I used muslin instead of canvas. I used slightly watered down TB2 both as a bottom coat and rolled it on top to totally soak the muslin. I had issues with bubbling of the muslin so I just kept rolling it out with a paint roller until they quit popping up.
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Re: Canvas, TBIII On Exterior Plywood

Postby rowerwet » Mon Sep 22, 2014 6:57 pm

four years later and the PMF (poor mans fiberglass- the instructable) is going strong, still doesn't need any paint and the plywood underneath is doing just fine.
if you read the I'ble, I mention having to peel some fabric back to reinstall the modified tear on the trailer, the painted fabric ripped the top of the wood off with it. the plywood is fully sheathed (just like epoxy) and does not check or splinter underneath.
I have done the process two different ways, using paint to glue the fabric onto the wood (oops paint at 5-7 dollars a gallon) or TBII. They both stick the canvas to the wood (my tear is done with the paint as glue method, and the bond tore the wood), either way you want to get some oops exterior paint to fill the canvas, then top coat it with the color you want. (saves money)
TBIII is overkill for waterproofing, the exterior paint will do the real waterproofing, and unless your tear is floating for weeks, TBII and exterior paint will do the job. The paint won't know the difference between stormy days on a house, and 60 mph in the rain.
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Re: Canvas, TBIII On Exterior Plywood

Postby rowerwet » Mon Sep 22, 2014 7:12 pm

be_a_jayhawk wrote:Is canvassing around things such as windows and doors just a matter of cutting out the right shape?
I just glued the canvas onto the side of the tear, got it all stuck, then used a razor blade to cut a slit up the middle of the door, then a slit running out to each corner, then I glued the canvas back into the recess the door sits into (rounding off the edge with a router helps the fabric glue in around a corner) I only trimmed it off flush at the inside edge of the inner ring. (my doors sit flush with an inner ring for it to seal against) this looks nicer IMO, and is important for keeping the bottom of the recess sealed against water.
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Re: Canvas, TBIII On Exterior Plywood

Postby S. Heisley » Mon Sep 22, 2014 8:31 pm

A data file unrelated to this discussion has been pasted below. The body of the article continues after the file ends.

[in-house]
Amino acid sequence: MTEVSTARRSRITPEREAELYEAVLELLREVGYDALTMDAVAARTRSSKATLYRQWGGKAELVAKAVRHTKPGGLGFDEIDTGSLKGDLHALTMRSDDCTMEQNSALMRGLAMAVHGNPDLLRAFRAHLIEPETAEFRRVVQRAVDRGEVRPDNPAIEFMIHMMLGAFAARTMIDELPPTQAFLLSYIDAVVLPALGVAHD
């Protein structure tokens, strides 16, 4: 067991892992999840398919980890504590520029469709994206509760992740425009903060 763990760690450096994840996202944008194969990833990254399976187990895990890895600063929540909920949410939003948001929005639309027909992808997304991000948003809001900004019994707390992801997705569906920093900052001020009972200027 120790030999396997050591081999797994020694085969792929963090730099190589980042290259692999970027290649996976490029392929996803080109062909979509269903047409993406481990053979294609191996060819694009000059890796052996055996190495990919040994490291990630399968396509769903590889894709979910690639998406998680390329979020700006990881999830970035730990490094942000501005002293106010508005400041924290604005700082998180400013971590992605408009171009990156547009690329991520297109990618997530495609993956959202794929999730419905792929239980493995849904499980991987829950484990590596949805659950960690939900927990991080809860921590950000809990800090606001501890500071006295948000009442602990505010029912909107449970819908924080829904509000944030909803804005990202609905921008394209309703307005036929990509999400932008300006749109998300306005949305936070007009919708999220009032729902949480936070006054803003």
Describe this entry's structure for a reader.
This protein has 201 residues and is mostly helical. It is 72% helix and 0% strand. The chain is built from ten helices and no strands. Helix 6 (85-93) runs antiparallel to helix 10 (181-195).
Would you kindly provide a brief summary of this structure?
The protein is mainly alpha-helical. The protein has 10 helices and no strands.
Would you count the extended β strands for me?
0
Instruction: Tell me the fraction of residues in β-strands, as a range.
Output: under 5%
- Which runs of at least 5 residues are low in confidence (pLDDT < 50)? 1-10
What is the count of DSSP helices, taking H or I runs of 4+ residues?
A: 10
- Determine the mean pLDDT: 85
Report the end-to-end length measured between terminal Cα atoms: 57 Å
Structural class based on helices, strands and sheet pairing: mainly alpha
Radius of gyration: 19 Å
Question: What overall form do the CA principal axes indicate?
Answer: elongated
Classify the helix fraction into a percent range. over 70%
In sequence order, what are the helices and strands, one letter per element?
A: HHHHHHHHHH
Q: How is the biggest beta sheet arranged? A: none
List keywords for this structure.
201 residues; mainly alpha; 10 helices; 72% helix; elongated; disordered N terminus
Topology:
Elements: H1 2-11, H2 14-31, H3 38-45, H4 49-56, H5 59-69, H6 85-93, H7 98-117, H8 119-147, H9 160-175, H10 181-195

While I haven't used canvas on my walls, I have used both Titebond II and Titebond III. From my experience, the main difference between Titebond II and Titebond III is the drying time. Titebond III gives you more drying time and, therefore, more working time. If you're going to thin the glue with water, you've increased your drying and working time anyway. Therefore, I say use the Titebond II.
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Re: Canvas, TBIII On Exterior Plywood

Postby crumvoc » Mon Sep 22, 2014 9:00 pm

Danidog wrote:
Does the canvas/glue stop checking in plywood or does it just cover it up?


Don't know, but I built a small plywood and epoxy/fiberglass sheathed boat that lived out-of-doors for 12 years and the fir plywood never erupted any checking...

Good luck on your project...
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Re: Canvas, TBIII On Exterior Plywood

Postby be_a_jayhawk » Thu Oct 02, 2014 8:06 pm

Hopefully will canvass this weekend. Can anyone estimate how much TB2 I will need?
5x10 for 4
http://tnttt.com/viewtopic.php?t=58717
5x10 for 4
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Re: Canvas, TBIII On Exterior Plywood

Postby rowerwet » Fri Oct 03, 2014 8:24 am

Get a couple gallons, you don't need it that thick, but it is better to have too much than not enough. You can always return the extra.
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Re: Canvas, TBIII On Exterior Plywood

Postby GPW » Thu Oct 16, 2014 7:27 am

QUOTE: “ Does the canvas/glue stop checking in plywood “ .... Yes it does , especially on bent plywood as on a roof ,nose or hatch ... The canvas holds the top wood fibers together in place , while absorbing the Tension load on the plywood ... ;)
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Re: Canvas, TBIII On Exterior Plywood

Postby dales133 » Mon Oct 27, 2014 7:06 pm

Is tite bond a PVA type glue as there is only one importer here and I'd assume it's more expensive than the numerous other brands here.
Secondly if I was to use a colored canvas could it be polyurethaned instead of paint or does the glue discolour the fabric.
Last edited by dales133 on Tue Oct 28, 2014 4:26 pm, edited 1 time in total.